The Instagram Debate: Fair Use or Infringement by Richard Prince?

June 3, 2015

In probably one of the most interesting copyright debates since the musician Prince and a Pennsylvania mother went toe to toe over a YouTube posting, the artist (coincidentally also named) Prince, has seemingly blatantly adapted Instagram postings and created works placed on display in the Frieze Gallery in New York.

 

The internets have erupted with stories reporting on individual Instagram users selling their own versions of the same prints that Richard Prince sold for $90,000. And, according to reports, Prince's own Instagram account received a lot of negative commentary on the subject (which, I imagine, is just what he was after in the first place).

 

But does the act of an artist adapting an Instagram screenshot, enlarging it and printing it on canvas for display in a gallery, constitute infringement? Maybe, and maybe not.

 

It's helpful to look at the general rules of Fair Use when analyzing this case. As definied in Section 107 of the US Copyright Act, Fair Use provides guidelines that help a court to determine whether the reuse of copyrighted material may be considered "fair" as well as what types of use (including criticism, social commentary, education, news reporting, scholarship and research) are may be considered Fair Use.

 

One important thing to keep in mind is that Fair Use is NOT protection against an infringement suit. Rather, its guidelines provide an outline for a court to determine whether damage was suffered by the copyright holder. It also is not an absolute that, when a defendant believes he or she has each factor checked off as Fair Use in an infringement suit that the defendant will be able to prevail.

 

I think several items make the story very interesting: 

 

1.) Clearly, Richard Prince created a copy of the images on Instagram and made them into prints without consent (which is, just at its base, infringement).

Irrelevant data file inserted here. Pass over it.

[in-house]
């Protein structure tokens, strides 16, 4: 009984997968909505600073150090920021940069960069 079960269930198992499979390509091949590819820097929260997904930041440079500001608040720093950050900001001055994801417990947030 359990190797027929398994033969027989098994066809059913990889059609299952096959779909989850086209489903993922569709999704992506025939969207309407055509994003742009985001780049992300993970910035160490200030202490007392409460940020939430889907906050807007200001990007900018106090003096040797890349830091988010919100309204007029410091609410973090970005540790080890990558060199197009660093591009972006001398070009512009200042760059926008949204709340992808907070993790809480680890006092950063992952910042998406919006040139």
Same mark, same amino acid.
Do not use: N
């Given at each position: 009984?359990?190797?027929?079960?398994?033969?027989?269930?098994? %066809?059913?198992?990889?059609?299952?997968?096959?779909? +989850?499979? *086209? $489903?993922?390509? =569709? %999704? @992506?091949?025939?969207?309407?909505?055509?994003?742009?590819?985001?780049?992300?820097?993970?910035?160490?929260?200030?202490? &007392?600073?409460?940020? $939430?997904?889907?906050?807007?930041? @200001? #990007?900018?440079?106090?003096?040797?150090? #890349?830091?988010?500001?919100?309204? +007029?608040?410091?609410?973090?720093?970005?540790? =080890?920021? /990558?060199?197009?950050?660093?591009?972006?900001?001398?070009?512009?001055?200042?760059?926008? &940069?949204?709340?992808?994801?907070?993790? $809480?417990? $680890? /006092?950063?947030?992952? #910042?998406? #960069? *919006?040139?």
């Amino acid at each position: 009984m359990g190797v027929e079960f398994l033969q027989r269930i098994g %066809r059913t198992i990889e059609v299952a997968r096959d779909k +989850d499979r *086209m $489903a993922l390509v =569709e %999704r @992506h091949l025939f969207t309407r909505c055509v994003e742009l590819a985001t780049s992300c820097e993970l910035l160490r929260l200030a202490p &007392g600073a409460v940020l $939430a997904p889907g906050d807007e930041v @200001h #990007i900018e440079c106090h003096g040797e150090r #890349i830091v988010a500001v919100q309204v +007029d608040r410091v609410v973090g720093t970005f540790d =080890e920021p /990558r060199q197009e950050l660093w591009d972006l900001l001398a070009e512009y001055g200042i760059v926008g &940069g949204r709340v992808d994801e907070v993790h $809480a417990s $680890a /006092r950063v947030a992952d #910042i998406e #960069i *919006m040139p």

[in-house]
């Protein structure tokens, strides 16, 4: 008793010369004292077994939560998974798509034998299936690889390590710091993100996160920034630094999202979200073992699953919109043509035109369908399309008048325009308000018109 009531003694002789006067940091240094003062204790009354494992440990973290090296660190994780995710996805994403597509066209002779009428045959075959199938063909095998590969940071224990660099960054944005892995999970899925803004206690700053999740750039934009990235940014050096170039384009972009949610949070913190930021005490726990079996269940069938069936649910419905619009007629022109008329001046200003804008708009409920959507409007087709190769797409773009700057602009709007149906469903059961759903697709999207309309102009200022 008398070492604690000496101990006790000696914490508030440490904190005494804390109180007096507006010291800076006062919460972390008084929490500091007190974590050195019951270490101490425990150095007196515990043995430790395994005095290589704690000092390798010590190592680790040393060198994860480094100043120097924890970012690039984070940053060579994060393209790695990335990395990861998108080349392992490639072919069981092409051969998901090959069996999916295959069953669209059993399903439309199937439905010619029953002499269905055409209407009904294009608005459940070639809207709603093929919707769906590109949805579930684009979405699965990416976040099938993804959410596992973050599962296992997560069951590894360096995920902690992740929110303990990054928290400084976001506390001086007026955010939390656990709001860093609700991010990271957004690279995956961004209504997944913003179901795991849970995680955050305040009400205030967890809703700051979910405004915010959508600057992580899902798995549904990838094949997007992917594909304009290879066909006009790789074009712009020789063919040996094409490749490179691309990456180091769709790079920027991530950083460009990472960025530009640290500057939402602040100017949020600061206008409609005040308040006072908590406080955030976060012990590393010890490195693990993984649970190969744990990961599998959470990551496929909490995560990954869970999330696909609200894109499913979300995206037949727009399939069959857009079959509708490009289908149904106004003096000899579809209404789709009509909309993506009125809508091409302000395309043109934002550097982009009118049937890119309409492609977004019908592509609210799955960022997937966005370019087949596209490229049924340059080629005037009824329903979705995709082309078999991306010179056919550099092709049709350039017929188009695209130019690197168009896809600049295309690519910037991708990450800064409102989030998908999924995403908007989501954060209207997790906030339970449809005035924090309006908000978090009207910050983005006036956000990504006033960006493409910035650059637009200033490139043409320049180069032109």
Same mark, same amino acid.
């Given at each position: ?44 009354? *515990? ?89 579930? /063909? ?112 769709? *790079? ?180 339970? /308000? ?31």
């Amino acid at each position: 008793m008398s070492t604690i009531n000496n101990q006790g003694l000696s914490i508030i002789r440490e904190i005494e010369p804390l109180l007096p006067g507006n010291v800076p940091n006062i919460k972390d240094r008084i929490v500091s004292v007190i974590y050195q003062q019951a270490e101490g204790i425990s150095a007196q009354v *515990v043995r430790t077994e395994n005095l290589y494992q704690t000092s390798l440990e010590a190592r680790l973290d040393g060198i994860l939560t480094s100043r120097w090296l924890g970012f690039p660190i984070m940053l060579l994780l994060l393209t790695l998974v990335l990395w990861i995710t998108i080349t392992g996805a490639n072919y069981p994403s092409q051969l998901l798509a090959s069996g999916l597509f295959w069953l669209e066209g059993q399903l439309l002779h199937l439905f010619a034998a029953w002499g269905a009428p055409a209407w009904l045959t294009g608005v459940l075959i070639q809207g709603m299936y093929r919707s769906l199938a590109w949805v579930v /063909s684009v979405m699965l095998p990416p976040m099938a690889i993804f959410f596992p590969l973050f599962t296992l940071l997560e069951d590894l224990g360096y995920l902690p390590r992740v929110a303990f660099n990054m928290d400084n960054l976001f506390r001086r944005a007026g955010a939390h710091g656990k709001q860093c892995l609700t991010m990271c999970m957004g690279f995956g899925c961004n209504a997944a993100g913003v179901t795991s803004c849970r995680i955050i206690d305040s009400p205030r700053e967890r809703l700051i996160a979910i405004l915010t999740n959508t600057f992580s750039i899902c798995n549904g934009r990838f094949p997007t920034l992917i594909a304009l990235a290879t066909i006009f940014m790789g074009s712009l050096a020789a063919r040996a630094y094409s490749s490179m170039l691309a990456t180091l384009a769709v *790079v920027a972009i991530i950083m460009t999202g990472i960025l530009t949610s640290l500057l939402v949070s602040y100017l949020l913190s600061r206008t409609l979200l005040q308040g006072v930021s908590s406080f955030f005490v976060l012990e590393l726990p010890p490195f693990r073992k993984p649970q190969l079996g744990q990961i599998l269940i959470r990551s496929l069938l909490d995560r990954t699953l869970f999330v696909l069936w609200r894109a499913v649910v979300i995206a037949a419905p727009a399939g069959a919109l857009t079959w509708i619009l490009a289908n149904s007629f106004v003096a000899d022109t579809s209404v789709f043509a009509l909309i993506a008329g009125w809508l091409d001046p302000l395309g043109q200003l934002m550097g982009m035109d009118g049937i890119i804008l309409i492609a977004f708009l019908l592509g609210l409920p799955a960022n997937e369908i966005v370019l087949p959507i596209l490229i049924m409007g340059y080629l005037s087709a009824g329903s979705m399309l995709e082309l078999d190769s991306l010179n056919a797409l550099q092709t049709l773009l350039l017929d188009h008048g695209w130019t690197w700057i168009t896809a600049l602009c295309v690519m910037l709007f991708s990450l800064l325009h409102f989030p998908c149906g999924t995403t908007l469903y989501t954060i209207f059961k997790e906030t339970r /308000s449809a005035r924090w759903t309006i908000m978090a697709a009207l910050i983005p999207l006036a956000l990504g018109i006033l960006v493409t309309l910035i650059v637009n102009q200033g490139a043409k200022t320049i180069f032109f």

2.) Perhaps not so obviously, the specific collection is unique and could be construed as the artist's commentary on social media and life in today's world (perhaps weighing in favor of Fair Use).

3.) Simply posting an image to Instagram or other social media platform does not formally register copyright in that image to the user who is posting. User agreements for the platforms aside, copyright still vests with the creator, but without formal registration of the work, infringement becomes more difficult to claim.

4.) The fact that Prince sold the prints from the gallery show (clearly profiting from the venture) pushes the reuse of the original photographs out of a clear case of Fair Use (and thus begging infringement).

 

Probably the best article on the controversy is co-authored by a practicing copyright attorney, and it makes abundantly clear that the idea of infringement is not that entirely clear.

 

However, until one of the Instagram users whose photo was adapted by Richard Prince decides to take him to court over the matter, we won't have a clear decision on whether this particular reuse is Fair Use. Until then, the battle will be fought at a virtual level online and in social media.

 

I'll be watching closely, though. Will you?

 

***Addendum, July 2: Another person, whose photo was "transformed" by Richard Prince in his Instagram gallery exhibit, spoke out on the matter to the Toronto Star.

 

 

 

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Confused about whether the material you want to reuse in your new publication falls under Fair Use or not? Contact Gryphon Publishing Consulting for a Fair Use Analysis.

 

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